One other work that should be mentioned is First Baptist's support of the Missionary Baptist Seminary in Little Rock. The church sends substantial financial support monthly and supports the student pantry with a variety of supplies. Also, the church has allowed four of her pastors to serve on the faculty of the Seminary.
The music program of the church also grew during this period. In September of 1961, T.O. Miller was called as Choir Director – the first regular, full-time director hired by the church. The music ministry became more organized and filled with trained singers and instrumentalists. Bro. Mike Paulk, who served as Music Director for over 20 years at First Baptist, deserves special mention because of the excellence he brought to the music of First Baptist Church. He led the church to purchase new instruments including hand bells and worked to train the young and old of the church to sing well. We are still reaping the results of his ministry here. Presently Doug Cunningham continues to work in this tradition of excellent, worshipful music seeking to improve the church's music ministry.
In the summer of 1973, a church kindergarten was established and operated until the end of the 1983 school term. A public kindergarten program was scheduled to begin in the Bryant School System in 1984, and therefore the church kindergarten would not be needed. Through these years, many children were affected by the loving labor of Janice Hulsizer, Carolyn Kruse, Deb Dyer, and others. Some of those children are with us here today.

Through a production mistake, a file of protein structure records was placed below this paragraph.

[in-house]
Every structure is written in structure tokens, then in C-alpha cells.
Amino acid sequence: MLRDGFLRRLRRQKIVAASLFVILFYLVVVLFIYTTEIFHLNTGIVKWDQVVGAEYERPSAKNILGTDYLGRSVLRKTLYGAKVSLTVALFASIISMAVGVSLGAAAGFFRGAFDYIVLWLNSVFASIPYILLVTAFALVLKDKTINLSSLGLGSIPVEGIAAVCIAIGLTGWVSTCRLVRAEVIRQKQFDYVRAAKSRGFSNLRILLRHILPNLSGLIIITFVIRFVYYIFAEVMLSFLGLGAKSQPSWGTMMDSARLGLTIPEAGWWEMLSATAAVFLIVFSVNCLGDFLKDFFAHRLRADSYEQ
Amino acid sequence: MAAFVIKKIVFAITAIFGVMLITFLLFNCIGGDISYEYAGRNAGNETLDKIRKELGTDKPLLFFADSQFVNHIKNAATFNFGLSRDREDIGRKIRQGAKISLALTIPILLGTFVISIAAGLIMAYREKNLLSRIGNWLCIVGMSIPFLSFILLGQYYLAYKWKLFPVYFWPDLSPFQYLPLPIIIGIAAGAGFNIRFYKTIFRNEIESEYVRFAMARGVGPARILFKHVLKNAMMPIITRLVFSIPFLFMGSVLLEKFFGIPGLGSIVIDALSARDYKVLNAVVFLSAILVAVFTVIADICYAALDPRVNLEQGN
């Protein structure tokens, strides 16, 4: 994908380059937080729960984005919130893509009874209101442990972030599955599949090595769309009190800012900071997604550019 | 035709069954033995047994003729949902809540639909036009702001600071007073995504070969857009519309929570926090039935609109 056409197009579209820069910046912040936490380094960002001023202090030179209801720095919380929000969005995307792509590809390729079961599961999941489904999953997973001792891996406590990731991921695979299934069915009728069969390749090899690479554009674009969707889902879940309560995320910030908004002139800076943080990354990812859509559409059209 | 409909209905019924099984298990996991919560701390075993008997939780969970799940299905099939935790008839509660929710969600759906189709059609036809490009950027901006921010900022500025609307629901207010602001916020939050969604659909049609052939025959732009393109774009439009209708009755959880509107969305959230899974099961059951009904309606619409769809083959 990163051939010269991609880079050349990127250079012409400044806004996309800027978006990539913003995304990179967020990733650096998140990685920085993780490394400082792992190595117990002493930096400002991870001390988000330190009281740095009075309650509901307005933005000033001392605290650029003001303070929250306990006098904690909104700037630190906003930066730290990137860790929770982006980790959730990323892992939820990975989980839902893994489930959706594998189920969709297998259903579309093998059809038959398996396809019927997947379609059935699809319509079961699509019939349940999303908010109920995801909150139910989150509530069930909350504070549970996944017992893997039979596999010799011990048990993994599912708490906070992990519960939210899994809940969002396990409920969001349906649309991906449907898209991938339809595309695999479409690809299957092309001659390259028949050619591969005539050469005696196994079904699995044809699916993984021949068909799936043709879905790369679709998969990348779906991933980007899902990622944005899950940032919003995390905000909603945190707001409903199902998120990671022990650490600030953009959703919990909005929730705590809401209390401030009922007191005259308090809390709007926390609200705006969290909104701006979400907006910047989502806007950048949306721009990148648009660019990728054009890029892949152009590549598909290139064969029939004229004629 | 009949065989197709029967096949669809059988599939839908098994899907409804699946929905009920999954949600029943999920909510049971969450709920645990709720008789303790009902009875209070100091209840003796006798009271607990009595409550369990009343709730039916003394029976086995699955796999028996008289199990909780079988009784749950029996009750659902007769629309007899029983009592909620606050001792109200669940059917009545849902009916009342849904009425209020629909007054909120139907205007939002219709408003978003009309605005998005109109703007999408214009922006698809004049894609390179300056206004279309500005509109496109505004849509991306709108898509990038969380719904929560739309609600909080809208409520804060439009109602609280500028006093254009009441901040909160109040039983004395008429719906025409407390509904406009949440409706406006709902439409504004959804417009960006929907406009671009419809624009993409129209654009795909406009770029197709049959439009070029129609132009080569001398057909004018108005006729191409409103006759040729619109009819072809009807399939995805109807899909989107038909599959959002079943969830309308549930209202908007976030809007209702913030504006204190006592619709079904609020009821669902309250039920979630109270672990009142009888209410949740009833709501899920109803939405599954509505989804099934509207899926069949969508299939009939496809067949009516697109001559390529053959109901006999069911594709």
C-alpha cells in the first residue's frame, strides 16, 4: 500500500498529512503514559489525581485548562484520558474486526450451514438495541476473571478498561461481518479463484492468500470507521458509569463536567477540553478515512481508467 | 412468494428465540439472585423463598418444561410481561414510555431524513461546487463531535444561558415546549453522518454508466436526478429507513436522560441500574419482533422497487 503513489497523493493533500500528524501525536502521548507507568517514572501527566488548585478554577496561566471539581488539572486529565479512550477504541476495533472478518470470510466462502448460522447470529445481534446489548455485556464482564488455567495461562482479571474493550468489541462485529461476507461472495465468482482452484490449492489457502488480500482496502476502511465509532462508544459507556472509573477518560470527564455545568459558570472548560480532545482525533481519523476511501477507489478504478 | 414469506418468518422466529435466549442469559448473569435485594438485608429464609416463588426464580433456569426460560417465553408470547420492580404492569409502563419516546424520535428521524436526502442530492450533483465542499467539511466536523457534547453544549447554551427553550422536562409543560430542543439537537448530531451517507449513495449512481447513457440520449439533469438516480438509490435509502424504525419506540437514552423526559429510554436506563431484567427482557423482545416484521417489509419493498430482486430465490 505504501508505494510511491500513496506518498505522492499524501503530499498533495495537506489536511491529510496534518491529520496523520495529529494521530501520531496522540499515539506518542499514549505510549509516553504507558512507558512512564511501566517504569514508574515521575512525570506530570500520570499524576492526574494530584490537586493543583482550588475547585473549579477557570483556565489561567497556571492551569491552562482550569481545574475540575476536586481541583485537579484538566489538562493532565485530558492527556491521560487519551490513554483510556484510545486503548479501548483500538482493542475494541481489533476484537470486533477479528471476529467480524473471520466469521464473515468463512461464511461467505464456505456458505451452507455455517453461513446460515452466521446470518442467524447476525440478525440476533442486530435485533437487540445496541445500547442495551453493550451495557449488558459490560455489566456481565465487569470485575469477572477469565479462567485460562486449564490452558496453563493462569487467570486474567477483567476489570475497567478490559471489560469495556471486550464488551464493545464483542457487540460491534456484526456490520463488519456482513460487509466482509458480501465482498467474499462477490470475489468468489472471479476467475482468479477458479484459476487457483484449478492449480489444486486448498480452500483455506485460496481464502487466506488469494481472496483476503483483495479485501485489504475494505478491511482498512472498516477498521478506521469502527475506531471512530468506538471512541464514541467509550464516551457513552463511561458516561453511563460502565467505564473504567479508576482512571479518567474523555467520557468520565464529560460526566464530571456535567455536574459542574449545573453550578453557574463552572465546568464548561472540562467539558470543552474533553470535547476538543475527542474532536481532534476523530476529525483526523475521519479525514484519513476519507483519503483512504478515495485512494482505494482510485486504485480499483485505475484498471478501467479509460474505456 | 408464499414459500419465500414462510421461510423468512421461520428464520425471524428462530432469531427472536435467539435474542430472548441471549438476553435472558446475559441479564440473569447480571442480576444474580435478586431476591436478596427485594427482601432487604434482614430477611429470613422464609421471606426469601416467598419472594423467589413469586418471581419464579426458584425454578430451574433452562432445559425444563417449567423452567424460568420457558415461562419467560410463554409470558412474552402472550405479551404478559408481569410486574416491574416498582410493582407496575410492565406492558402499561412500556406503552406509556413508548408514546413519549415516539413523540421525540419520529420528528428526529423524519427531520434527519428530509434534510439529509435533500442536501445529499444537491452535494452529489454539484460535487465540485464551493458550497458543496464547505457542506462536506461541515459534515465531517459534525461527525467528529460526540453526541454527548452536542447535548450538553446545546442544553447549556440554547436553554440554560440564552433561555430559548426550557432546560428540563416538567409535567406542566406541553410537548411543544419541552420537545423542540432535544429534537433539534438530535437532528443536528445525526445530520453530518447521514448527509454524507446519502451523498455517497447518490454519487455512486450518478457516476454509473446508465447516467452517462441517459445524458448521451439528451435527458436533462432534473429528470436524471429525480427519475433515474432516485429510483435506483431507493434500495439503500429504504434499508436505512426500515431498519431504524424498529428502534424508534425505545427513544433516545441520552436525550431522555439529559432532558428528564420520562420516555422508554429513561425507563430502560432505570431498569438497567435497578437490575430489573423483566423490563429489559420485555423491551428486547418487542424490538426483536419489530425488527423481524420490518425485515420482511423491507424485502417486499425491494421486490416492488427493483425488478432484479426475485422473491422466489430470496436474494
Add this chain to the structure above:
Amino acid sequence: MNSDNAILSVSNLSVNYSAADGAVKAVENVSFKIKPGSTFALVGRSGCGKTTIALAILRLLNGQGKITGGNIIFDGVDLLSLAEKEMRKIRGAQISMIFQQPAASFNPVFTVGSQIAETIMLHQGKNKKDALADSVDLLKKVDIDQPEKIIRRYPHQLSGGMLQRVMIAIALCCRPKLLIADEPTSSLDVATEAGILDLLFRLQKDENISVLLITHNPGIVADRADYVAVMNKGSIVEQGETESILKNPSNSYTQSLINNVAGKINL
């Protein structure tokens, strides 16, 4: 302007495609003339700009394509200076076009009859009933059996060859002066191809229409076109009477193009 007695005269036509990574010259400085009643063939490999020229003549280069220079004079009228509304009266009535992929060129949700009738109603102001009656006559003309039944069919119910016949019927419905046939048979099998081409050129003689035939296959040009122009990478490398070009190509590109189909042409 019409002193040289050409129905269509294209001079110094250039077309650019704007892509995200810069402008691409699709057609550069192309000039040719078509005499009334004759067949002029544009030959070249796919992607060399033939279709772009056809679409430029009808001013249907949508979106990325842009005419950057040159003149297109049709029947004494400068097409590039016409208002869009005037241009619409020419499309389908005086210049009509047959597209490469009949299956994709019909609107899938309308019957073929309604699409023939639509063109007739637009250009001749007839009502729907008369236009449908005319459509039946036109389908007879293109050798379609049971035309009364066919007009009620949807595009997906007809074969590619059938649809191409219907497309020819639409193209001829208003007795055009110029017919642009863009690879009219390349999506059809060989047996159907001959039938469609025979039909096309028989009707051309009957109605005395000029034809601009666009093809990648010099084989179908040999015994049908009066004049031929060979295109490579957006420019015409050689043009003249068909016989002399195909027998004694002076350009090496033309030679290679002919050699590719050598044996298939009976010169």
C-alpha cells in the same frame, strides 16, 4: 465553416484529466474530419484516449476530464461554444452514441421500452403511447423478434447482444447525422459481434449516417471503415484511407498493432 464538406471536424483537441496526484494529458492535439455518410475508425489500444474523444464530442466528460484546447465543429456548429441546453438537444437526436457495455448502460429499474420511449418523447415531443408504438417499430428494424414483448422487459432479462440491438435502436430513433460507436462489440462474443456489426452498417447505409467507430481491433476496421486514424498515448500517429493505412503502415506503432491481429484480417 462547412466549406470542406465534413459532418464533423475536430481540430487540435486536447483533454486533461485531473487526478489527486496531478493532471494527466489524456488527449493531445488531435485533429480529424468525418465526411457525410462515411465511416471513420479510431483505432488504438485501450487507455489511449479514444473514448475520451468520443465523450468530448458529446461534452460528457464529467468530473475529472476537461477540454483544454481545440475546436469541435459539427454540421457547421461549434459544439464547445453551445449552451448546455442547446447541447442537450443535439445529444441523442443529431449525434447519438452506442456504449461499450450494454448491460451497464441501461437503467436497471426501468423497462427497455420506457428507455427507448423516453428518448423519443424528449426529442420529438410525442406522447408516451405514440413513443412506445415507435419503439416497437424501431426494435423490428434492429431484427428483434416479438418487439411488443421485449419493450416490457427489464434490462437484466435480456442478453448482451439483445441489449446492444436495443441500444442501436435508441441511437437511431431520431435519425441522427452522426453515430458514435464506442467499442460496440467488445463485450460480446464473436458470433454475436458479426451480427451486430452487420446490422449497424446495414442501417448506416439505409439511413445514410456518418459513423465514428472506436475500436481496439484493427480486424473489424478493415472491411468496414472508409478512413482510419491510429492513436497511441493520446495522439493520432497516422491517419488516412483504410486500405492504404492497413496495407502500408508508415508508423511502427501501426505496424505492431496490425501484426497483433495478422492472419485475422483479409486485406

Another important aspect of the history and ministry of First Baptist Church is her deacons. The church presently has nine deacons: Richard Allder, Loyd Suggs, Fred Kruse, James Squires, Dusty Middleton, Doug Castleberry, Keaton Hearn, Jeff Mayfield, and Kenneth Bates. Calvin Winkler and Jerry Hearn recently resigned from active deacon work and were named deacon emeriti. Throughout the years, several men have served as deacons taking care of the church facilities, seeing to other needs of the church, and aiding the pastors in the work of ministry. Recently, the deacons have established a deacon's benevolence fund that is used to help church members and others in financial difficulties.
On May 8, 1994, the following was adopted as the No. 1 in our Doctrinal Statement: "We believe that love one for another as Jesus loves the believer manifests our discipleship, proves our love for God, and symbolizes our authority as New Testament churches. Love is therefore the great commandment of the Lord Jesus Christ, upon which all others are dependent." Under the leadership of Pastor John Owen, First Baptist proposed this doctrinal statement to the American Baptist Association, which was adopted as the Association's first Doctrinal Statement. And throughout the years, the church has sought to serve the Lord and others in love.
Speaking of Bro. John Owen, after 22 years of pastoring First Baptist Church, on November 30, 1997, Bro. Owen resigned as Pastor of First Baptist Church effective December 14, 1997. Bro. Owen served this church lovingly and sacrificially, and much of what First Baptist is today is the result of God's work through him. Not only is he still greatly respected within this church, he also is highly esteemed in the Bryant community. He is a big man with a big heart.